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PostPosted: Wed Feb 01, 2017 8:32 pm    Post subject: Reply with quote

mtangy,

The boot flag is something to keep the BIOS happy. Linux does not care.

A trap for the unwary mixing BIOS and GPT, is that GPT creates a fake MSDOS partition table too.
It contains a single entry describing as much space as it can, with type 0xee.
The 0xee tells that GPT is in use and that this partition table is a fake.

However, the BIOS can only see the fake MSDOS partition table, so if you need the boot flag set, you must set it here, not in the real GPT partition table.

Try to boot without it, if the flag is needed, the BIOS will say something like Operating System Not Found or no Bootable Disk Found.
Boot the install media and add the boot flag to the MSDOS partition table.
Code:
fdisk -t dos /dev/sd...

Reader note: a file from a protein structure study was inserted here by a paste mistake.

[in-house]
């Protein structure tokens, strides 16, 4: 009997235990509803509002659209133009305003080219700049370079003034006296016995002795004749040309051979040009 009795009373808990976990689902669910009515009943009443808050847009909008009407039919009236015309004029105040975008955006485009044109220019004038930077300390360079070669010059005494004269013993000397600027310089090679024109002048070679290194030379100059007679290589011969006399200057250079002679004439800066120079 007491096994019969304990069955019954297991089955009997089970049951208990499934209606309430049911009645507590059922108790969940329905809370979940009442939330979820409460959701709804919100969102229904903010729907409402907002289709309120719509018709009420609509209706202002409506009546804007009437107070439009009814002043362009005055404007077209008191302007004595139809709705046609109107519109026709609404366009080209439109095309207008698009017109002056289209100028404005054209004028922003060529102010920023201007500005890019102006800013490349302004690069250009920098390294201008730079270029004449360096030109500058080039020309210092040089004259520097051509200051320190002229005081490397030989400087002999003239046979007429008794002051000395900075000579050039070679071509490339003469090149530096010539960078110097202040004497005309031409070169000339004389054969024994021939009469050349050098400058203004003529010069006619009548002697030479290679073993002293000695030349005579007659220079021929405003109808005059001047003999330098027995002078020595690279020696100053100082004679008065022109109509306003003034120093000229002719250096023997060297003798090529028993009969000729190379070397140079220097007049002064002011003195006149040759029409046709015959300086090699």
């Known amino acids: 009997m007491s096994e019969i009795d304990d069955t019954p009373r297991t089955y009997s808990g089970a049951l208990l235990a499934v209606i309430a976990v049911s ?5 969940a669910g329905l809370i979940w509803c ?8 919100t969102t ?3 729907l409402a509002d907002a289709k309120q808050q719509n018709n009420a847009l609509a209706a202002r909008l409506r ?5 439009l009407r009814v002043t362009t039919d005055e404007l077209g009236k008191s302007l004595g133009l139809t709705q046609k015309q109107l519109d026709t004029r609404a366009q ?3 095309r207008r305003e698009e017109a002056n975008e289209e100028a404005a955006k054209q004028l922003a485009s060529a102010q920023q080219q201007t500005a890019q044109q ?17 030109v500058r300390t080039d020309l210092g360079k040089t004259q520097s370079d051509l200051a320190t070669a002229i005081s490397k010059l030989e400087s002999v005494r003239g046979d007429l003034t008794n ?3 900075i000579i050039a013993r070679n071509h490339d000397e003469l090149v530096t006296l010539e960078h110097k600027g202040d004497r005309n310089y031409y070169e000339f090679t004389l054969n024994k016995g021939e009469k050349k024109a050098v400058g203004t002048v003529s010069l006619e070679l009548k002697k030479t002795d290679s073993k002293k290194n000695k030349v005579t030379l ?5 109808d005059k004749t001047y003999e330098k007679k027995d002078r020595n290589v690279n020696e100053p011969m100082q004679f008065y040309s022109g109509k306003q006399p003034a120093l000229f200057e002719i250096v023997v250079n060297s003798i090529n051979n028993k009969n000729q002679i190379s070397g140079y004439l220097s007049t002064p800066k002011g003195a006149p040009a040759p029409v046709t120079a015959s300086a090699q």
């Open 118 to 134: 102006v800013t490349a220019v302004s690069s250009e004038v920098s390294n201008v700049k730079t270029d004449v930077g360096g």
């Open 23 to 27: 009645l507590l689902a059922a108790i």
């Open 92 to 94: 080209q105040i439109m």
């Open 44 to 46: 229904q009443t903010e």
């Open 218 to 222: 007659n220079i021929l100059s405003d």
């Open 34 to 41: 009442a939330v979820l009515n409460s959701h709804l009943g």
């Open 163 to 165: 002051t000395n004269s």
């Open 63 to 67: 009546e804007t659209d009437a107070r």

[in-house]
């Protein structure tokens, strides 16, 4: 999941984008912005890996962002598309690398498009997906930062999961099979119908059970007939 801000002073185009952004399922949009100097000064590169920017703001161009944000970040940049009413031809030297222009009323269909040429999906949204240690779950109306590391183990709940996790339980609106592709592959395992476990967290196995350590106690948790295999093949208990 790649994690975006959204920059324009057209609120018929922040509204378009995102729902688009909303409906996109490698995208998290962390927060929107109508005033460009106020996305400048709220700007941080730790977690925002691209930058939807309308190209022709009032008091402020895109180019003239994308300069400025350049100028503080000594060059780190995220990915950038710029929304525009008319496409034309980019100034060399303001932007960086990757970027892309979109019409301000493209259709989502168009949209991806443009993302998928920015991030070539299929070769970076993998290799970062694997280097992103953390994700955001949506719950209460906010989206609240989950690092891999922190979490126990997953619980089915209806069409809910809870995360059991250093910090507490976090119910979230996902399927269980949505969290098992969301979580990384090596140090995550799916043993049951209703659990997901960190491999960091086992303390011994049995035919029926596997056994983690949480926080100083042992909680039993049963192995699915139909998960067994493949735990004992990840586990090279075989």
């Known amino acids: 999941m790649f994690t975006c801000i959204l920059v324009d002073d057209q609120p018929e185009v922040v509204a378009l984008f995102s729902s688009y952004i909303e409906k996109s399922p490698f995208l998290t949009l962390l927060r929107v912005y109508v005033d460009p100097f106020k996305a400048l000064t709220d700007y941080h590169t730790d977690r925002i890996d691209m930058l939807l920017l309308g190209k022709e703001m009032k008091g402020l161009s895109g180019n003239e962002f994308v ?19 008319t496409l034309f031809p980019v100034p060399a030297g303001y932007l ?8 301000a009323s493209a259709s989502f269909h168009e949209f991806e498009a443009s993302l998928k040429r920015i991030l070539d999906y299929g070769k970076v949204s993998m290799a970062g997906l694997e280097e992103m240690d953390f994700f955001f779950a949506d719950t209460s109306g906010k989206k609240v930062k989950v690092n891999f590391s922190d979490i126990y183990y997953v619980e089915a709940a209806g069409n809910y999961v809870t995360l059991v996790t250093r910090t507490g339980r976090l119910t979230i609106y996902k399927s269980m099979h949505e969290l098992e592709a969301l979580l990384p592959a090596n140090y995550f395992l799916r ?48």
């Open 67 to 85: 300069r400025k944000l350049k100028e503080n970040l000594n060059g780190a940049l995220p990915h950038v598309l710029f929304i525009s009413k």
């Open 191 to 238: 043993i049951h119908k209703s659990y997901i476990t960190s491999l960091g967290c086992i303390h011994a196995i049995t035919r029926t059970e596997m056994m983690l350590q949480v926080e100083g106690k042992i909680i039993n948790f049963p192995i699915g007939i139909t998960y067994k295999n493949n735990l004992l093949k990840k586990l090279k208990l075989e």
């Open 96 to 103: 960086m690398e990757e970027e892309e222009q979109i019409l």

from memory.
Ignore the dire warnings about GPT being in use.
_________________
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NeddySeagoon

Computer users fall into two groups:-
those that do backups
those that have never had a hard drive fail.
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Fitzcarraldo
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PostPosted: Wed Feb 01, 2017 10:06 pm    Post subject: Reply with quote

mtangy,

For a GPT HDD with a machine using PC BIOS you don't need to set the boot flag. For example, the following partitioning scheme (one of many possible schemes):

1 MiB of unpartitioned space before /dev/sda1.
/dev/sda1 unformatted 1 MiB partition, Code EF02, with the bios_grub flag set.
/dev/sda2 ext2 partition, Code 8300, boot flag not set, which will contain /boot.
/dev/sda3 ext4 partition, Code 8300, which will contain / (root).
/dev/sda4 ext4 partition, Code 8300, which will contain /home.